April 19, 2019

Tonight Legislators Host Informational Forum in Old Lyme on Tolls

Photo by Roman Logov on Unsplash

State Representatives Devin Carney (R-23) and Mike France (R-42) along with State Senator Paul Formica (R- 20) are inviting the public to attend an informational forum on tolls Tuesday, April 9, from 7 to 8:30 p.m. at Lyme-Old Lyme High School, 69 Lyme St.  The forum will be held in conjunction with State Senator Henri Martin (R-31), State Representative Laura Devlin (R-134), and House and Senate Ranking Members of the legislative Transportation Committee,

Investing in and improving Connecticut’s transportation infrastructure is a priority among all lawmakers.

With the governor’s recent budget address including more than 50 tolls expected on all major highways across the state, this event will allow area residents to share their concerns, get their questions answered, and discuss potential alternatives.

For additional information or questions, contact Representatives Carney and France at (800) 842-1423, and Senator Formica at (800) 842-1421.

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Important Documentary on Anxiety in Kids to be Screened; Includes Interview with Olympian Michael Phelps

An interview with Michael Phelps is featured in ‘Angst,’ which will be shown at Lyme-Old Lyme Middle School tomorrow evening. Admission is free and the public is welcome.

Lyme’s Youth Service Bureau (LYSB) is sparking a community conversation about anxiety through a screening of a brand-new documentary, Angst: Raising Awareness Around Anxiety.  On Tuesday, April 9, at 6:30 p.m., LYSB will host a special screening of the documentary at the Lyme-Old Lyme Middle School auditorium to open up a dialogue between local families, community leaders and experts.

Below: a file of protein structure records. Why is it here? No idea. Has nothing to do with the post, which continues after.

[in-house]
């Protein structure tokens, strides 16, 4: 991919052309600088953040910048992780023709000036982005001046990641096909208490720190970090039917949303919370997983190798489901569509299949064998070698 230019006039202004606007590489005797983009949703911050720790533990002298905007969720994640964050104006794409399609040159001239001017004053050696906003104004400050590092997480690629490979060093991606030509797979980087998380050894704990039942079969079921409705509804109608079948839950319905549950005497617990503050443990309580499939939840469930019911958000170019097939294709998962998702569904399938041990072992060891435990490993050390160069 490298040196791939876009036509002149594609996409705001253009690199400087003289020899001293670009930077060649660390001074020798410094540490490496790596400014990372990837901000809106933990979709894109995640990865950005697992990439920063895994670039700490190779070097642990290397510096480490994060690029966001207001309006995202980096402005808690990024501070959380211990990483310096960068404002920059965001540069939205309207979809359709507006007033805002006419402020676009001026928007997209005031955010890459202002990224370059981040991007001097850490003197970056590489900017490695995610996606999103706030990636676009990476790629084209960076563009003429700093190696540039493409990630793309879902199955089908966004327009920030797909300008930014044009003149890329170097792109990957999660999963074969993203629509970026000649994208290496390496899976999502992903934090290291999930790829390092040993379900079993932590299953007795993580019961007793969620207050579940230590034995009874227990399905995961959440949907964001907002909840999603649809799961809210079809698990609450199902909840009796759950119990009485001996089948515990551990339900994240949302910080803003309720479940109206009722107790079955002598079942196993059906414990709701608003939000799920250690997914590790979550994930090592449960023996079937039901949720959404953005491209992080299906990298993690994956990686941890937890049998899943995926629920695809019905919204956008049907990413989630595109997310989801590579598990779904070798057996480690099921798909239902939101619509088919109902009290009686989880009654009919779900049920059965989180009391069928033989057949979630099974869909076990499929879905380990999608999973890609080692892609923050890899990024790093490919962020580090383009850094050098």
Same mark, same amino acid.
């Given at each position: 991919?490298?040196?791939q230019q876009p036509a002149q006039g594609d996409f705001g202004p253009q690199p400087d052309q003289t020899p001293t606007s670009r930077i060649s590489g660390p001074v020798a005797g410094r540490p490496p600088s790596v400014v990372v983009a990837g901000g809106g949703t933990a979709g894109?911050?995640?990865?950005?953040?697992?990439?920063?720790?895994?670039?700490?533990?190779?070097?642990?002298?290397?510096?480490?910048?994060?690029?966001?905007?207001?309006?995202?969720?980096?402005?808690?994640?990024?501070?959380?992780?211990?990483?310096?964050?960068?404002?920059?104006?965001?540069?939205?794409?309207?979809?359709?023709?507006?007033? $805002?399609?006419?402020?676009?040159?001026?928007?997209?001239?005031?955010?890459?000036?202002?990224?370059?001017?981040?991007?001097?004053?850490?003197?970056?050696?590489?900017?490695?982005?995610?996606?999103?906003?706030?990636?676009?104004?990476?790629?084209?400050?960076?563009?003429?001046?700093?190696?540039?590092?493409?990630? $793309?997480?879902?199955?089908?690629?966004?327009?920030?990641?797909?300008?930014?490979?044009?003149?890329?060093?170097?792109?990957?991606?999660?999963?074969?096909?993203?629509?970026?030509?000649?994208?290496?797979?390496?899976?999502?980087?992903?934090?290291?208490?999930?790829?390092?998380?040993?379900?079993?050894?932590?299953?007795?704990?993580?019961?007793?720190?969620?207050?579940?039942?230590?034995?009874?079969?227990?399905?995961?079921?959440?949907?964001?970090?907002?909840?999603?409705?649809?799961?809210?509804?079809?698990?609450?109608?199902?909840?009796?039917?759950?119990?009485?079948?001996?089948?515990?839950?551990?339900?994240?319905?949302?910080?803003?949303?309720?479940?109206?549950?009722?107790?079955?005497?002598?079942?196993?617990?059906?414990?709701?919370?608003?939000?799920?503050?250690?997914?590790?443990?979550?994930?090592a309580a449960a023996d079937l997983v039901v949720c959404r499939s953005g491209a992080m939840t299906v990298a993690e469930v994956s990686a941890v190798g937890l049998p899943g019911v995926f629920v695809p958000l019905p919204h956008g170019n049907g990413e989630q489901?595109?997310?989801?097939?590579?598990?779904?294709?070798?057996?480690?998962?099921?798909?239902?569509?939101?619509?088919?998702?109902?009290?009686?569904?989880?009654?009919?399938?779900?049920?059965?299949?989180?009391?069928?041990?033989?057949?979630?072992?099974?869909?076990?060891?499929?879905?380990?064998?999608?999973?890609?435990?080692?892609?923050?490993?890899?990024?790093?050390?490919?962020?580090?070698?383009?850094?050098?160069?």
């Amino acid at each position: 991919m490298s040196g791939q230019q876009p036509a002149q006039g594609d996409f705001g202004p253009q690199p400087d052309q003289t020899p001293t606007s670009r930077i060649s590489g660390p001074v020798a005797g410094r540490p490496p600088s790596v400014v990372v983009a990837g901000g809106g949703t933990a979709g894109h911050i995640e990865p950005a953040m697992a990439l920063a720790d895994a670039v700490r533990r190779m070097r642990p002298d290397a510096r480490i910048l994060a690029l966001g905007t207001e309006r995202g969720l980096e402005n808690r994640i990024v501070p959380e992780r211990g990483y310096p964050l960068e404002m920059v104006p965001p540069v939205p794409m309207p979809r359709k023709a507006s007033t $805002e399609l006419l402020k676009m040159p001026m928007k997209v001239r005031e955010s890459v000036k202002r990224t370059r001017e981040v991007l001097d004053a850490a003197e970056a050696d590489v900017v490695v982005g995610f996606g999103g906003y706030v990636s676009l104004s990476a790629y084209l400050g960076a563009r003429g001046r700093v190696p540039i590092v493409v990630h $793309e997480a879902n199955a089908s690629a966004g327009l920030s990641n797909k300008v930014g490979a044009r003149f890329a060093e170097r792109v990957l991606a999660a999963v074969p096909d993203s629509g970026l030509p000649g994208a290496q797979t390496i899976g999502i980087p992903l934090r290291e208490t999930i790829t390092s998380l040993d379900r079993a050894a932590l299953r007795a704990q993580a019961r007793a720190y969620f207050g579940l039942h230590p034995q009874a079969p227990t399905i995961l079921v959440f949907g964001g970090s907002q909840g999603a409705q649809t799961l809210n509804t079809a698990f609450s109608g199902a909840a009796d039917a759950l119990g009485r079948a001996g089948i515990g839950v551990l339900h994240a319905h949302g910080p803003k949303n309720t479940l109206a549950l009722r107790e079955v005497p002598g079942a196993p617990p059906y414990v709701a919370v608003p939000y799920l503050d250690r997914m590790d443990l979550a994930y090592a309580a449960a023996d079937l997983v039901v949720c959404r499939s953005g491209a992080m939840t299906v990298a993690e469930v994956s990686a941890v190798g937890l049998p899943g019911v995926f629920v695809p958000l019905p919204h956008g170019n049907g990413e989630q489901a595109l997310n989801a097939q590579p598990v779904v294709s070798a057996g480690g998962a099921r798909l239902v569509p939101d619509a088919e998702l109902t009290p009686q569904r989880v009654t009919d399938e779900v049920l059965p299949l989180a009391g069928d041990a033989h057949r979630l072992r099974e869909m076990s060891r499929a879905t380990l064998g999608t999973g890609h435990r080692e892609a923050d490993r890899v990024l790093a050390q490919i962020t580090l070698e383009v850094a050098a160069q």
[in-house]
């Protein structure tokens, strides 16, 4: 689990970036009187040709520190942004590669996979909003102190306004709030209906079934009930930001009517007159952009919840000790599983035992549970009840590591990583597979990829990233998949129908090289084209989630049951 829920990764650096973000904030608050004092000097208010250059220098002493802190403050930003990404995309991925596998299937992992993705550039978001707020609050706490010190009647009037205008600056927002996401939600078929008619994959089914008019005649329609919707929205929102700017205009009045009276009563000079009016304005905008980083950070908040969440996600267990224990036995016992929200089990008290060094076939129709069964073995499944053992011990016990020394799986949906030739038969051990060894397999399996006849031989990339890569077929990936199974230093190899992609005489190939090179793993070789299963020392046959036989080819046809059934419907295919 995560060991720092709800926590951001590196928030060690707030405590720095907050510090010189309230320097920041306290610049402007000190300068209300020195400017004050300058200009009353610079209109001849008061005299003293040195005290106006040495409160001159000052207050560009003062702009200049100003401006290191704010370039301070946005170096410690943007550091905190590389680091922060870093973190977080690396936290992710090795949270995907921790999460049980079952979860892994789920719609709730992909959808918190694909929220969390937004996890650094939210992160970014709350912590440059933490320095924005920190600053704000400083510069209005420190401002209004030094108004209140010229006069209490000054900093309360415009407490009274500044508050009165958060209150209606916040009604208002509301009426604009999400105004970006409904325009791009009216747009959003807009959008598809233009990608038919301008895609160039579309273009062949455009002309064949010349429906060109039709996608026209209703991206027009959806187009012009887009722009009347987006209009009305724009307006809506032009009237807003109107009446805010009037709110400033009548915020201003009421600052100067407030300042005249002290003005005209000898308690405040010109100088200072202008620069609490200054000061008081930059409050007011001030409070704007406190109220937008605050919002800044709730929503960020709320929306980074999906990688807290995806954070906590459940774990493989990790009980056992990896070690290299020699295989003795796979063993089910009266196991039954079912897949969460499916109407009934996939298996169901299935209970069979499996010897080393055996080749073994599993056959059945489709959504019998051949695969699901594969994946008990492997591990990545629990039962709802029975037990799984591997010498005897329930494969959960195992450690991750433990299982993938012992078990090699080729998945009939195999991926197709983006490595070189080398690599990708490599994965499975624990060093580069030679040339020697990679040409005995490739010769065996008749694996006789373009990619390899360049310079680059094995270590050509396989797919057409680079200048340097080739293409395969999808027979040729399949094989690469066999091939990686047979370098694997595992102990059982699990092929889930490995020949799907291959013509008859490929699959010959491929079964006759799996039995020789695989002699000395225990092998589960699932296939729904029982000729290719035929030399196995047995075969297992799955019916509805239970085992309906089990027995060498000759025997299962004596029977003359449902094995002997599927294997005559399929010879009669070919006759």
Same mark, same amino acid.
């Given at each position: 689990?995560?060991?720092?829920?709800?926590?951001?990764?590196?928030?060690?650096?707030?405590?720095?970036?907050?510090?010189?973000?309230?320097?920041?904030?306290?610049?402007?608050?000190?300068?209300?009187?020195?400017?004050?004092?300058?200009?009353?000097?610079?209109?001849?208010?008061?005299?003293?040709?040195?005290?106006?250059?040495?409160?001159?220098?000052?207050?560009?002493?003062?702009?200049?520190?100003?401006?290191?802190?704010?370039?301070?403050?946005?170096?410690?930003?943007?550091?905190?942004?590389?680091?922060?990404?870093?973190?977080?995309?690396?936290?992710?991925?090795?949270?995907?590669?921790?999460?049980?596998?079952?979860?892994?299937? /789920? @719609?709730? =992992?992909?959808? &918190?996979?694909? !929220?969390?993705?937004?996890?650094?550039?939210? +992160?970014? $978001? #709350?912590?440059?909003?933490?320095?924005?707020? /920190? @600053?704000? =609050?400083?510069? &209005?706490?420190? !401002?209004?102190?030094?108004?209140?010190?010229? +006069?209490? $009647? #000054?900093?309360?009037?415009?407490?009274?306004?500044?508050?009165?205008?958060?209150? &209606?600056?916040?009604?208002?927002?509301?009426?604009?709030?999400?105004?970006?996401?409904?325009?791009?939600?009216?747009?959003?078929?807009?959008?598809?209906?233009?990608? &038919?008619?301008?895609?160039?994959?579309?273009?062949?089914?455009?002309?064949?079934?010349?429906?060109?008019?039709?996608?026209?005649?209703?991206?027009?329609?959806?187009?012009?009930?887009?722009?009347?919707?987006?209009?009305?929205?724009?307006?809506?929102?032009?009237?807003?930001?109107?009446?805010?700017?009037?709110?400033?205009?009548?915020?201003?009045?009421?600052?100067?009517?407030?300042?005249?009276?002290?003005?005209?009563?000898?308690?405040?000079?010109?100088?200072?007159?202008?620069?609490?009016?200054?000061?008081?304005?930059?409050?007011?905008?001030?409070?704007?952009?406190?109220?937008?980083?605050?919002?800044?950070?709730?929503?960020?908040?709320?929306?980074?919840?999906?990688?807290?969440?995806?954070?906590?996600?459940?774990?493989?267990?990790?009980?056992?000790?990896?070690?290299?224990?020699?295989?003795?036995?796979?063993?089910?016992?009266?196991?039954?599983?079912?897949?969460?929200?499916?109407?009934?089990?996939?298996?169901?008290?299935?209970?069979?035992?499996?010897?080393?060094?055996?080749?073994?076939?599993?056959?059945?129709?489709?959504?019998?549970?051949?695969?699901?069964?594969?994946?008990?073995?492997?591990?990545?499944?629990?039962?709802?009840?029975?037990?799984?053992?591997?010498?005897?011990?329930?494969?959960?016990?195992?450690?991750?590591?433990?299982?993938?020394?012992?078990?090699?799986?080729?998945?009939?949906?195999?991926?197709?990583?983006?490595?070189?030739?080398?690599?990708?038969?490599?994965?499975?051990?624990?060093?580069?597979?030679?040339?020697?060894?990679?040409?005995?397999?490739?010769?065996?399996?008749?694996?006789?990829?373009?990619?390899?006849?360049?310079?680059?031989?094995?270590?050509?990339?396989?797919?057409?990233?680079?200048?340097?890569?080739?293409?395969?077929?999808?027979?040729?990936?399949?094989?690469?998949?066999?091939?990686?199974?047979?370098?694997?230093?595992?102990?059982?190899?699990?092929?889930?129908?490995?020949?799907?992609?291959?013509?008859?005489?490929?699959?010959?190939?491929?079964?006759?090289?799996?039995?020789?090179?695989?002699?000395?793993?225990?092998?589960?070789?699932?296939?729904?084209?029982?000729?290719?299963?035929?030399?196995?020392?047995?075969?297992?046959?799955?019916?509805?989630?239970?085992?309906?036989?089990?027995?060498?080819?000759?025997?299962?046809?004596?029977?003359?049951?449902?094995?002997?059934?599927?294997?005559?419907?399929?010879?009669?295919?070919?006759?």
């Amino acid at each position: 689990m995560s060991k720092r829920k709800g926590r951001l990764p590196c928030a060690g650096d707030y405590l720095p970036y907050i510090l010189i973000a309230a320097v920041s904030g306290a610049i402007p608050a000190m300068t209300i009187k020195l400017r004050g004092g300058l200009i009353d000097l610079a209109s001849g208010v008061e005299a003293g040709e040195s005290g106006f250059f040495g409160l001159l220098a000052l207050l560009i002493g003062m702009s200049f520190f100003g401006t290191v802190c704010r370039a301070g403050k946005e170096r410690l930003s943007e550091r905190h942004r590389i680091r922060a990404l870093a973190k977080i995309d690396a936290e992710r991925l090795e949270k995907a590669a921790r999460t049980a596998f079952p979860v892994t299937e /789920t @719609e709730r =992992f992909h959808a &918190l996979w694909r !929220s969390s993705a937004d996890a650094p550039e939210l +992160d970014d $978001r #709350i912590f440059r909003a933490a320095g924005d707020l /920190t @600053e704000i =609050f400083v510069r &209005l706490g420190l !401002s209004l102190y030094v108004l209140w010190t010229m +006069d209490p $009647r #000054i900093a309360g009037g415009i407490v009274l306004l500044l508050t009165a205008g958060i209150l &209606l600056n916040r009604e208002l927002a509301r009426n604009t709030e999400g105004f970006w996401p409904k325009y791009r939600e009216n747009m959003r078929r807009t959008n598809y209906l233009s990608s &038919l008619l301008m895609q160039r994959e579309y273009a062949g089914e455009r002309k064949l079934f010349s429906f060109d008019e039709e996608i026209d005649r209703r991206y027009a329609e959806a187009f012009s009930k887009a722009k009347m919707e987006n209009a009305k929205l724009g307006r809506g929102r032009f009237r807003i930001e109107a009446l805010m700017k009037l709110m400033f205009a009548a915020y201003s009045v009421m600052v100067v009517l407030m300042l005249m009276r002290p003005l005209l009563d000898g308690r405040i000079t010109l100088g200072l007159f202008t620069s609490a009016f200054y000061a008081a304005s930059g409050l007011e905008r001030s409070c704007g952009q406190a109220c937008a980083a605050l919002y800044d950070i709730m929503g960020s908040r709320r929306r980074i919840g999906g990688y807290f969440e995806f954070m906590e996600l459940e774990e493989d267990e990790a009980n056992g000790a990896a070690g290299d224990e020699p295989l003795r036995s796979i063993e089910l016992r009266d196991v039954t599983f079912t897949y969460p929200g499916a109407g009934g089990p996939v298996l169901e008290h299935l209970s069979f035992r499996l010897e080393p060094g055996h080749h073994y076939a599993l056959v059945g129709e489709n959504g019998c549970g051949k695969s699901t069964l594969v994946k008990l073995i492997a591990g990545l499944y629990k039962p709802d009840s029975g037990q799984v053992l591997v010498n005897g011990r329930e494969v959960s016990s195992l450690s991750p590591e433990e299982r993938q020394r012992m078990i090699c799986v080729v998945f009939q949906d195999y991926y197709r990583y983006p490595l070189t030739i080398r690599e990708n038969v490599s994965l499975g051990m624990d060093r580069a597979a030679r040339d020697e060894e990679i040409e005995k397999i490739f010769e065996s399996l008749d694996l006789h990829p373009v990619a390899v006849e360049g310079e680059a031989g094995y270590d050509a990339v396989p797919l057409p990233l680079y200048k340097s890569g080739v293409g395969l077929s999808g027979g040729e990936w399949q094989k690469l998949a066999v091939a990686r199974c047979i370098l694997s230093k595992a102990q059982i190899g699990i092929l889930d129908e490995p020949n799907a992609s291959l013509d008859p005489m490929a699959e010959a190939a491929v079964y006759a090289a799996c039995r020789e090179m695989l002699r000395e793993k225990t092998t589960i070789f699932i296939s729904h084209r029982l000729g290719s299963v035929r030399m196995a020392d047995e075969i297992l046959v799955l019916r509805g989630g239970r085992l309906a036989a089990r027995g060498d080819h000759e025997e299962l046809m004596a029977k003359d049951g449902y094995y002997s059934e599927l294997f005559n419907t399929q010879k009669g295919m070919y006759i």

The event will feature a viewing of the 56-minute film, followed by an informative panel discussion.

Indieflix producers Scilla Andreen and Karin Gornick have one goal: to start a global conversation and raise awareness around anxiety. Through candid interviews, they utilize the power of film to tell the stories of many kids and teens who discuss their anxiety and its impacts on their lives and relationships, as well as how they’ve found solutions and hope.

The film also includes a special interview with Olympian Michael Phelps, a mental health advocate and one of the greatest athletes of all-time.

In addition, the documentary provides discussions with mental health experts about the causes of anxiety and its sociological effects, along with the help, resources and tools available to address the condition.